Allies in the Crusade to Create More Entry-Level Software Jobs
It's always great to meet with kindred spirits, and today was a great connection. My lunch today with Toto Vo, Dan Blaisdell and Jason Bakke gives me great hope that we are moving forward with our promise of creating more entry-level opportunity in the tech spec.
As the technical heads of Postano and Manifest Web Design, we all commiserated on historic attempts to get technical internships right, and the wrong turns we've taken along the way. Isolation of junior talent and mismatching skills to responsibilities are pitfalls that many people have run into - it is the unfortunate standard within the industry that means that everything is harder than it needs to be.
20 apprenticeships have been completed of our eventual 96 total and, with every iteration, we find better ways. The validation seen across the table today was very exciting and it means that there will soon be more entry-level positions available at other companies here in Portland. You can read about it in detail here, but as a breakout summary here are the differences:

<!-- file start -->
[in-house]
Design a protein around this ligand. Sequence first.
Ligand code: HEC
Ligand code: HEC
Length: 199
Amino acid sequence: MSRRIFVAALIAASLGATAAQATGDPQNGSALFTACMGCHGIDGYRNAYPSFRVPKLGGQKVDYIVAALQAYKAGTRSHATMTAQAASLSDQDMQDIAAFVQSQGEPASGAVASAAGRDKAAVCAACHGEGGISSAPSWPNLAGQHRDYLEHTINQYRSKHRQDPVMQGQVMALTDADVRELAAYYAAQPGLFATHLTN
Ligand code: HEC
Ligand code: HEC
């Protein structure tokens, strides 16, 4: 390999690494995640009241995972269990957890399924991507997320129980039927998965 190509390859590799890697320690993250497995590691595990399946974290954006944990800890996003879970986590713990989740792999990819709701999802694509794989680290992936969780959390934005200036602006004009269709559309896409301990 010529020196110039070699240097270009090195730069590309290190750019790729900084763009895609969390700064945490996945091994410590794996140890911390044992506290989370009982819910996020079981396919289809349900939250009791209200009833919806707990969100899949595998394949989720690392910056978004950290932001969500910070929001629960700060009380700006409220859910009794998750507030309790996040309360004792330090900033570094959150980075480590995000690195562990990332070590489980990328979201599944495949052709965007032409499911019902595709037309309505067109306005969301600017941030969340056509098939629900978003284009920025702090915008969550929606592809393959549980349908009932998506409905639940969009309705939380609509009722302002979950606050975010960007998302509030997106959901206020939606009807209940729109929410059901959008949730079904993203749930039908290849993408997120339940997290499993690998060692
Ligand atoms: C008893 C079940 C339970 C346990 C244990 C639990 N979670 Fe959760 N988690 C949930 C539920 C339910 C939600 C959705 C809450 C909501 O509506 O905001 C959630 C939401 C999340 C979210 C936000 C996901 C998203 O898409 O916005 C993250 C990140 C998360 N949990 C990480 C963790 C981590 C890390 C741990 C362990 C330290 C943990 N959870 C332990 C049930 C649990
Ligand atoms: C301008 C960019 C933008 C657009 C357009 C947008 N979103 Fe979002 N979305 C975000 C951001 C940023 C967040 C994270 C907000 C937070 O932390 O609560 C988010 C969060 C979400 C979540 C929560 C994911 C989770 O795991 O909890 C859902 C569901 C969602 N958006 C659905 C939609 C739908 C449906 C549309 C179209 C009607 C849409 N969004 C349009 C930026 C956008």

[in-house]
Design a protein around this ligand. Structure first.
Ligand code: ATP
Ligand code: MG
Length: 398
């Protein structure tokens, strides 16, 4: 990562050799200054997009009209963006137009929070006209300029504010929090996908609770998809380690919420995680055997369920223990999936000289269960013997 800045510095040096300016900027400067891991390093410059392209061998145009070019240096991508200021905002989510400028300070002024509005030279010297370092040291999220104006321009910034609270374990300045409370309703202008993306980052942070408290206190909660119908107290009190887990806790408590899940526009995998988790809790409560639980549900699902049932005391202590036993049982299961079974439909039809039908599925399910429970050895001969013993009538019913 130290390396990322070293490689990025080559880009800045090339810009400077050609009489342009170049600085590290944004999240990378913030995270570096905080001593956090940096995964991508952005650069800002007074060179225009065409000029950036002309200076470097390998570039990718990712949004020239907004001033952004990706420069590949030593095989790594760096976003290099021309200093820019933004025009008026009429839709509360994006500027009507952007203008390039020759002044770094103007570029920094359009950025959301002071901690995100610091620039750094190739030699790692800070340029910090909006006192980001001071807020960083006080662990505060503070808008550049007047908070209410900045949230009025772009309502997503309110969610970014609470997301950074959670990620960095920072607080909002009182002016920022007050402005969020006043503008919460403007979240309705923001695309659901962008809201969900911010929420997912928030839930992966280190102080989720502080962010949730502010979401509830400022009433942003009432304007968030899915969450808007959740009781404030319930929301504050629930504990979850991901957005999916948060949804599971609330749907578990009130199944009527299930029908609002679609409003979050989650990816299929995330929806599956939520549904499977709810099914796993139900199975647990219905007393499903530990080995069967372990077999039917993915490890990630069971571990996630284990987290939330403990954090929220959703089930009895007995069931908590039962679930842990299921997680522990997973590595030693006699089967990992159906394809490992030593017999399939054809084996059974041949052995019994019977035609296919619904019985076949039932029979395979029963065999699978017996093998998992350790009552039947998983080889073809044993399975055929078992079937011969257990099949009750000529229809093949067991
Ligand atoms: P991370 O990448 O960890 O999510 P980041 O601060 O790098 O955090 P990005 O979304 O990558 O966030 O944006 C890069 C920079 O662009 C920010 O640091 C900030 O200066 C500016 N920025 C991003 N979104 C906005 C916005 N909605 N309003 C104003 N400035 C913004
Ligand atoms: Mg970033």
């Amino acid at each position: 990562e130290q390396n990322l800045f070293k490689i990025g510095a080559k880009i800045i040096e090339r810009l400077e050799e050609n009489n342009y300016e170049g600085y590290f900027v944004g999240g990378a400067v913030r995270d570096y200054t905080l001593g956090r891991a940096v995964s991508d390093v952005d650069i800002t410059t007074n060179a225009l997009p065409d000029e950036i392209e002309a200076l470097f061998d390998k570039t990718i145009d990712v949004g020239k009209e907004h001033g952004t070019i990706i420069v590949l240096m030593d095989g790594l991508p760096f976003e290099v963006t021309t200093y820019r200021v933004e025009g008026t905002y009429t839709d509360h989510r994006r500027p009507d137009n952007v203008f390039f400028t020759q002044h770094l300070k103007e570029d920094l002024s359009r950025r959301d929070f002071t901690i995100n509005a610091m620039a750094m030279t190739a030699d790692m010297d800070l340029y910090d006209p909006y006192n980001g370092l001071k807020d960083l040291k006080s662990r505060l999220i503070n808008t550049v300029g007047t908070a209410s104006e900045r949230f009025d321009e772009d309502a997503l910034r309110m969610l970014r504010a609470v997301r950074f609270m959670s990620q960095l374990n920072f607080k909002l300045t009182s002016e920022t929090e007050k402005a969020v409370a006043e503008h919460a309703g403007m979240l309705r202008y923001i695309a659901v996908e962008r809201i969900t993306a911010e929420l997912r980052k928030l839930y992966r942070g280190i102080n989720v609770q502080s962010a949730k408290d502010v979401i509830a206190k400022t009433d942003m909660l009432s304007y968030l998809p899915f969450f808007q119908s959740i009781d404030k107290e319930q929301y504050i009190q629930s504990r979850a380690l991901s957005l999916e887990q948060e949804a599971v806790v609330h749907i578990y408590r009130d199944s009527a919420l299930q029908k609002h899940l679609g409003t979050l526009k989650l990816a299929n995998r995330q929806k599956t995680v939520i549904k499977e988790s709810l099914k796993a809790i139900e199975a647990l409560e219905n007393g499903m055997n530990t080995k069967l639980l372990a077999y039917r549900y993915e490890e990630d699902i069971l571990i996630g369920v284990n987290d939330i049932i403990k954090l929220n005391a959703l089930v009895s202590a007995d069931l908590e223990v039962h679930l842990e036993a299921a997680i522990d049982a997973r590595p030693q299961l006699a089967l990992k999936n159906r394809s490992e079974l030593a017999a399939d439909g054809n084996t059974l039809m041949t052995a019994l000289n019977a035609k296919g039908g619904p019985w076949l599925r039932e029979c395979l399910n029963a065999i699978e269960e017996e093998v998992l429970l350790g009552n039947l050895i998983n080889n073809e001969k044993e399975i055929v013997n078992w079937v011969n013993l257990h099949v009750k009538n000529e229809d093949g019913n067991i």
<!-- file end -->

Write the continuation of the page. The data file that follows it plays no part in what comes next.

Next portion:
- Apprentices are drawn out of vocational programming schools. Carving out the time to attend a code schools for 3 to 4 months and spending $3K to $5K of someone's own money shows commitment to the industry and grit. This is precisely what will propel people to exceed in their career.Apprenticeships focus on QA. Starting a software career in QA means early exposure to ticketing systems (Jira, Redmine, etc) and focuses people on finding and describing bugs, which leads to better software thinking.
- Apprentices are embedded on teams. They are not isolated, and as such benefit from the experience of the teams they are a part of. They also benefit from the experience of veteran developers along the way.
- Apprenticeships are finite. Our model calls for a 4 month stint, which gets early programmers past the catch-22 that exists in the industry: you need job experience to get a job.
- Apprentices are paid minimum wage. Aside from the obvious financial incentive this provides to encourage more companies to participate, this means even at individual companies, more opportunities can be offered. It also means that the bar for performance from apprenticeships can be low - and it should be low. No one working in software today is proud of code they wrote in the first 8 months of their professional experience, because if they are, they haven't learned much since then.
I am very excited to see the new opportunities that come from this meeting. Business is continuing to coalesce around this model that can provide an onramp into amazing careers, and simultaneously save the industry from itself.